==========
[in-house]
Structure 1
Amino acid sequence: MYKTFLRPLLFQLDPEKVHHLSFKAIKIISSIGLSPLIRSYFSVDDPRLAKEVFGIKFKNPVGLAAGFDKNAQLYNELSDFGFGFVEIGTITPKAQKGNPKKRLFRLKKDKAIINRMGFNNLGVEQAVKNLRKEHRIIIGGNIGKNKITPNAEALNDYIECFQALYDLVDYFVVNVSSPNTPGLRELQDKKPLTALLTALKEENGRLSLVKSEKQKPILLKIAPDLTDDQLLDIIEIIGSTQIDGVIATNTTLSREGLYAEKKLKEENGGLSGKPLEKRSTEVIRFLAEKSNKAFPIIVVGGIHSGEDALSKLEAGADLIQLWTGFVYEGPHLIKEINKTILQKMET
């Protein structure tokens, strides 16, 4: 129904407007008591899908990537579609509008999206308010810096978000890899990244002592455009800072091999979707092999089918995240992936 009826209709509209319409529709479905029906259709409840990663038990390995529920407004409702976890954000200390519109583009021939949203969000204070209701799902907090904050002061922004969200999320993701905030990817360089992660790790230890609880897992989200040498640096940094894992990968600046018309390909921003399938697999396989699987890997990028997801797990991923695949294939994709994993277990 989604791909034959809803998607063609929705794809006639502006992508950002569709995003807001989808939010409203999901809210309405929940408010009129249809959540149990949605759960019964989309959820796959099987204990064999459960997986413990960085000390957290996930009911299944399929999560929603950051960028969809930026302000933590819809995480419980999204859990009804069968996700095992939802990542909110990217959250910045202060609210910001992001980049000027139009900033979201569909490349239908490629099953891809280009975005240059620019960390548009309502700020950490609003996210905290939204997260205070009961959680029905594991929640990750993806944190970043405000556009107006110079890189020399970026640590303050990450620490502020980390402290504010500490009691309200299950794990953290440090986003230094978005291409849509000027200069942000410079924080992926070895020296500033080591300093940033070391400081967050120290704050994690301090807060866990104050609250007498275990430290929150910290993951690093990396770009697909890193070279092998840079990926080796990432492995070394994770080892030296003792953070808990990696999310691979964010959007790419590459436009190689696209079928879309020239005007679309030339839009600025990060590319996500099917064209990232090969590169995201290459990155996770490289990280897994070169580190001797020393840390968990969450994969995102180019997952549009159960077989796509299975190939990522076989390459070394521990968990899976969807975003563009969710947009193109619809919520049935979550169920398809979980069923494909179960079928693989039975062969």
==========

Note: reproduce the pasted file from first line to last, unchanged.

[in-house]
Structure 1
Amino acid sequence: MYKTFLRPLLFQLDPEKVHHLSFKAIKIISSIGLSPLIRSYFSVDDPRLAKEVFGIKFKNPVGLAAGFDKNAQLYNELSDFGFGFVEIGTITPKAQKGNPKKRLFRLKKDKAIINRMGFNNLGVEQAVKNLRKEHRIIIGGNIGKNKITPNAEALNDYIECFQALYDLVDYFVVNVSSPNTPGLRELQDKKPLTALLTALKEENGRLSLVKSEKQKPILLKIAPDLTDDQLLDIIEIIGSTQIDGVIATNTTLSREGLYAEKKLKEENGGLSGKPLEKRSTEVIRFLAEKSNKAFPIIVVGGIHSGEDALSKLEAGADLIQLWTGFVYEGPHLIKEINKTILQKMET
């Protein structure tokens, strides 16, 4: 129904407007008591899908990537579609509008999206308010810096978000890899990244002592455009800072091999979707092999089918995240992936 009826209709509209319409529709479905029906259709409840990663038990390995529920407004409702976890954000200390519109583009021939949203969000204070209701799902907090904050002061922004969200999320993701905030990817360089992660790790230890609880897992989200040498640096940094894992990968600046018309390909921003399938697999396989699987890997990028997801797990991923695949294939994709994993277990 989604791909034959809803998607063609929705794809006639502006992508950002569709995003807001989808939010409203999901809210309405929940408010009129249809959540149990949605759960019964989309959820796959099987204990064999459960997986413990960085000390957290996930009911299944399929999560929603950051960028969809930026302000933590819809995480419980999204859990009804069968996700095992939802990542909110990217959250910045202060609210910001992001980049000027139009900033979201569909490349239908490629099953891809280009975005240059620019960390548009309502700020950490609003996210905290939204997260205070009961959680029905594991929640990750993806944190970043405000556009107006110079890189020399970026640590303050990450620490502020980390402290504010500490009691309200299950794990953290440090986003230094978005291409849509000027200069942000410079924080992926070895020296500033080591300093940033070391400081967050120290704050994690301090807060866990104050609250007498275990430290929150910290993951690093990396770009697909890193070279092998840079990926080796990432492995070394994770080892030296003792953070808990990696999310691979964010959007790419590459436009190689696209079928879309020239005007679309030339839009600025990060590319996500099917064209990232090969590169995201290459990155996770490289990280897994070169580190001797020393840390968990969450994969995102180019997952549009159960077989796509299975190939990522076989390459070394521990968990899976969807975003563009969710947009193109619809919520049935979550169920398809979980069923494909179960079928693989039975062969």